MP3 is a digital music format which allows CD tracks to be reduced to around a tenth of their normal size without a significant loss of quality. MP3 gets rid of a lot of the information recorded in a song that our ears are not able to hear and then uses complex algorithms to reduce the file size. This then enables you to get hundreds of songs on to a CD and it also has opened up a new market over the internet - the download market as download times have been significantly reduced.
The MP3 format is a lossy format. That means that an MP3 file does not contain 100% of the original audio information. Instead, MP3 files use perceptual coding. In other words, that means it removes the information that your ear doesn't notice thereby making the file smaller. The reason lossy formats are used over RAW is that RAW audio files are too large to travel over the internet at any great speed. By using lossy formats it enables even dial up users to download mp3 files at a reasonable speed. RAW file formats generally require 176,000 bytes per second compared to a lossy format which requires 17,600. The difference is massive and so are the download times.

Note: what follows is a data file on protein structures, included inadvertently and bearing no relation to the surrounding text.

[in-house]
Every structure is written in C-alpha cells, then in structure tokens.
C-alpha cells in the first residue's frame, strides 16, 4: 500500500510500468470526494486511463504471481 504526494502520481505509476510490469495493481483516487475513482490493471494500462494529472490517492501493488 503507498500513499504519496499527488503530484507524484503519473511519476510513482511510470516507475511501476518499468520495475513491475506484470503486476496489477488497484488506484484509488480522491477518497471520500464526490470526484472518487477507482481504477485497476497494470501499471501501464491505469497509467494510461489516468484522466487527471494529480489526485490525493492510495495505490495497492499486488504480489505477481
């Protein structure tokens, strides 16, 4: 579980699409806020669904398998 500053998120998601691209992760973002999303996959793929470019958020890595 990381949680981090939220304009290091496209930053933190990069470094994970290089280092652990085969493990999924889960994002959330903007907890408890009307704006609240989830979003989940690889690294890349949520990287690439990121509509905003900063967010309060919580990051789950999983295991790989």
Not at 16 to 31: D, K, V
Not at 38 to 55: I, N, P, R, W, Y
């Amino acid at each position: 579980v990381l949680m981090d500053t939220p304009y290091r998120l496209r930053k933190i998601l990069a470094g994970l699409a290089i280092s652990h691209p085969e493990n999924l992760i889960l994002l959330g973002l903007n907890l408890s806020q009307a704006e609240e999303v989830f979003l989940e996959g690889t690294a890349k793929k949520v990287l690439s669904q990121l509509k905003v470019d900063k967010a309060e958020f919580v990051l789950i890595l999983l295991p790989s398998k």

AC3 is an audio file specifically developed by Dolby Digital to provide surround sound audio. The format is used for audio on many DVD and Blu-Ray media. In order for the file to be correctly decoded and output, a DVD player with a Dolby Digital compatible home cinema system is required. It became the de facto standard for surround sound, and has held that position since its inception in 1992, with it coming to home cinema in 1995.
AC3 allows for separate audio to be defined for each of the 6 speakers in the standard cinema and home cinema setup. This produces the effect of surround sound to the person listening to the audio file. The six channels consist of right front, center, left front, rear right, rear left and a sub woofer.
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